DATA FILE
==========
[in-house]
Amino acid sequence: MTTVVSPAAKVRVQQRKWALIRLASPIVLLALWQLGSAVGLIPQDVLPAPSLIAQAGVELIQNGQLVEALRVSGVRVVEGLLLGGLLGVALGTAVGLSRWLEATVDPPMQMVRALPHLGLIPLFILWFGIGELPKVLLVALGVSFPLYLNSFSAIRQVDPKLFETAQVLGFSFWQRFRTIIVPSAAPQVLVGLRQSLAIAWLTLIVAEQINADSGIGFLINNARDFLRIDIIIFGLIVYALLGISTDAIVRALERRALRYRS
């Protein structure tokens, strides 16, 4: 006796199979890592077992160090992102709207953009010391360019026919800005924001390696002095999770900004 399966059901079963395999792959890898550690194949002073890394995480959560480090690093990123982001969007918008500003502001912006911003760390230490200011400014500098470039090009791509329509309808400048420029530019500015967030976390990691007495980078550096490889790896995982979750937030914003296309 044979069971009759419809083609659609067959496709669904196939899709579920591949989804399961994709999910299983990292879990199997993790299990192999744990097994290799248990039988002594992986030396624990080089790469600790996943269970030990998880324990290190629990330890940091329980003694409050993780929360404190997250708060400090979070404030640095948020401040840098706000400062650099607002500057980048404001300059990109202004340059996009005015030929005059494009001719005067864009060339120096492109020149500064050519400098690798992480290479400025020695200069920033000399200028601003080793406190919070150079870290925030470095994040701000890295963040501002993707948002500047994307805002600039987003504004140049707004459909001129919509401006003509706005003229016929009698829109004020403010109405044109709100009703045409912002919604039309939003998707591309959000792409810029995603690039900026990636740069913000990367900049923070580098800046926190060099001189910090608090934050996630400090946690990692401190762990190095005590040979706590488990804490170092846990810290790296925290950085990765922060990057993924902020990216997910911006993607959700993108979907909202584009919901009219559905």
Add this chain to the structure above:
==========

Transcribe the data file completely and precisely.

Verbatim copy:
[in-house]
Amino acid sequence: MTTVVSPAAKVRVQQRKWALIRLASPIVLLALWQLGSAVGLIPQDVLPAPSLIAQAGVELIQNGQLVEALRVSGVRVVEGLLLGGLLGVALGTAVGLSRWLEATVDPPMQMVRALPHLGLIPLFILWFGIGELPKVLLVALGVSFPLYLNSFSAIRQVDPKLFETAQVLGFSFWQRFRTIIVPSAAPQVLVGLRQSLAIAWLTLIVAEQINADSGIGFLINNARDFLRIDIIIFGLIVYALLGISTDAIVRALERRALRYRS
């Protein structure tokens, strides 16, 4: 006796199979890592077992160090992102709207953009010391360019026919800005924001390696002095999770900004 399966059901079963395999792959890898550690194949002073890394995480959560480090690093990123982001969007918008500003502001912006911003760390230490200011400014500098470039090009791509329509309808400048420029530019500015967030976390990691007495980078550096490889790896995982979750937030914003296309 044979069971009759419809083609659609067959496709669904196939899709579920591949989804399961994709999910299983990292879990199997993790299990192999744990097994290799248990039988002594992986030396624990080089790469600790996943269970030990998880324990290190629990330890940091329980003694409050993780929360404190997250708060400090979070404030640095948020401040840098706000400062650099607002500057980048404001300059990109202004340059996009005015030929005059494009001719005067864009060339120096492109020149500064050519400098690798992480290479400025020695200069920033000399200028601003080793406190919070150079870290925030470095994040701000890295963040501002993707948002500047994307805002600039987003504004140049707004459909001129919509401006003509706005003229016929009698829109004020403010109405044109709100009703045409912002919604039309939003998707591309959000792409810029995603690039900026990636740069913000990367900049923070580098800046926190060099001189910090608090934050996630400090946690990692401190762990190095005590040979706590488990804490170092846990810290790296925290950085990765922060990057993924902020990216997910911006993607959700993108979907909202584009919901009219559905």
Add this chain to the structure above: